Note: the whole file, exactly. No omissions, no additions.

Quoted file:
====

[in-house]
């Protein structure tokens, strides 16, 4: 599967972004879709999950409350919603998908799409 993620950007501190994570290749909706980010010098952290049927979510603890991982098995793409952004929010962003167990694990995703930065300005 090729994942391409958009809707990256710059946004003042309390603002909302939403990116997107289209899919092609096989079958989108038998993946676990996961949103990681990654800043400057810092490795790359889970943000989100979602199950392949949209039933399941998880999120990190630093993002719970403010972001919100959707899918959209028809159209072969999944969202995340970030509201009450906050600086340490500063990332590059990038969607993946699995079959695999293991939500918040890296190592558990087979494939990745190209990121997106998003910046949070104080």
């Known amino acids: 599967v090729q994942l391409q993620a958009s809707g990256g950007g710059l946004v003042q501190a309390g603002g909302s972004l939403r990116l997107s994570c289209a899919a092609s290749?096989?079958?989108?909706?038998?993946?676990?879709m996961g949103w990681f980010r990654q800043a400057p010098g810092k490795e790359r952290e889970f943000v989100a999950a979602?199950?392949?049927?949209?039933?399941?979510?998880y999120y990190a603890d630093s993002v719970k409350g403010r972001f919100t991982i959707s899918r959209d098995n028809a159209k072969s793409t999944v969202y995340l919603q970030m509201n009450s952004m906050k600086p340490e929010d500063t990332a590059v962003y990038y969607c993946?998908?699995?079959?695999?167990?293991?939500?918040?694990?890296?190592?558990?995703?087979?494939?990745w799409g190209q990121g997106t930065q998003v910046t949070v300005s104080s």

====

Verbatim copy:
[in-house]
């Protein structure tokens, strides 16, 4: 599967972004879709999950409350919603998908799409 993620950007501190994570290749909706980010010098952290049927979510603890991982098995793409952004929010962003167990694990995703930065300005 090729994942391409958009809707990256710059946004003042309390603002909302939403990116997107289209899919092609096989079958989108038998993946676990996961949103990681990654800043400057810092490795790359889970943000989100979602199950392949949209039933399941998880999120990190630093993002719970403010972001919100959707899918959209028809159209072969999944969202995340970030509201009450906050600086340490500063990332590059990038969607993946699995079959695999293991939500918040890296190592558990087979494939990745190209990121997106998003910046949070104080």
């Known amino acids: 599967v090729q994942l391409q993620a958009s809707g990256g950007g710059l946004v003042q501190a309390g603002g909302s972004l939403r990116l997107s994570c289209a899919a092609s290749?096989?079958?989108?909706?038998?993946?676990?879709m996961g949103w990681f980010r990654q800043a400057p010098g810092k490795e790359r952290e889970f943000v989100a999950a979602?199950?392949?049927?949209?039933?399941?979510?998880y999120y990190a603890d630093s993002v719970k409350g403010r972001f919100t991982i959707s899918r959209d098995n028809a159209k072969s793409t999944v969202y995340l919603q970030m509201n009450s952004m906050k600086p340490e929010d500063t990332a590059v962003y990038y969607c993946?998908?699995?079959?695999?167990?293991?939500?918040?694990?890296?190592?558990?995703?087979?494939?990745w799409g190209q990121g997106t930065q998003v910046t949070v300005s104080s």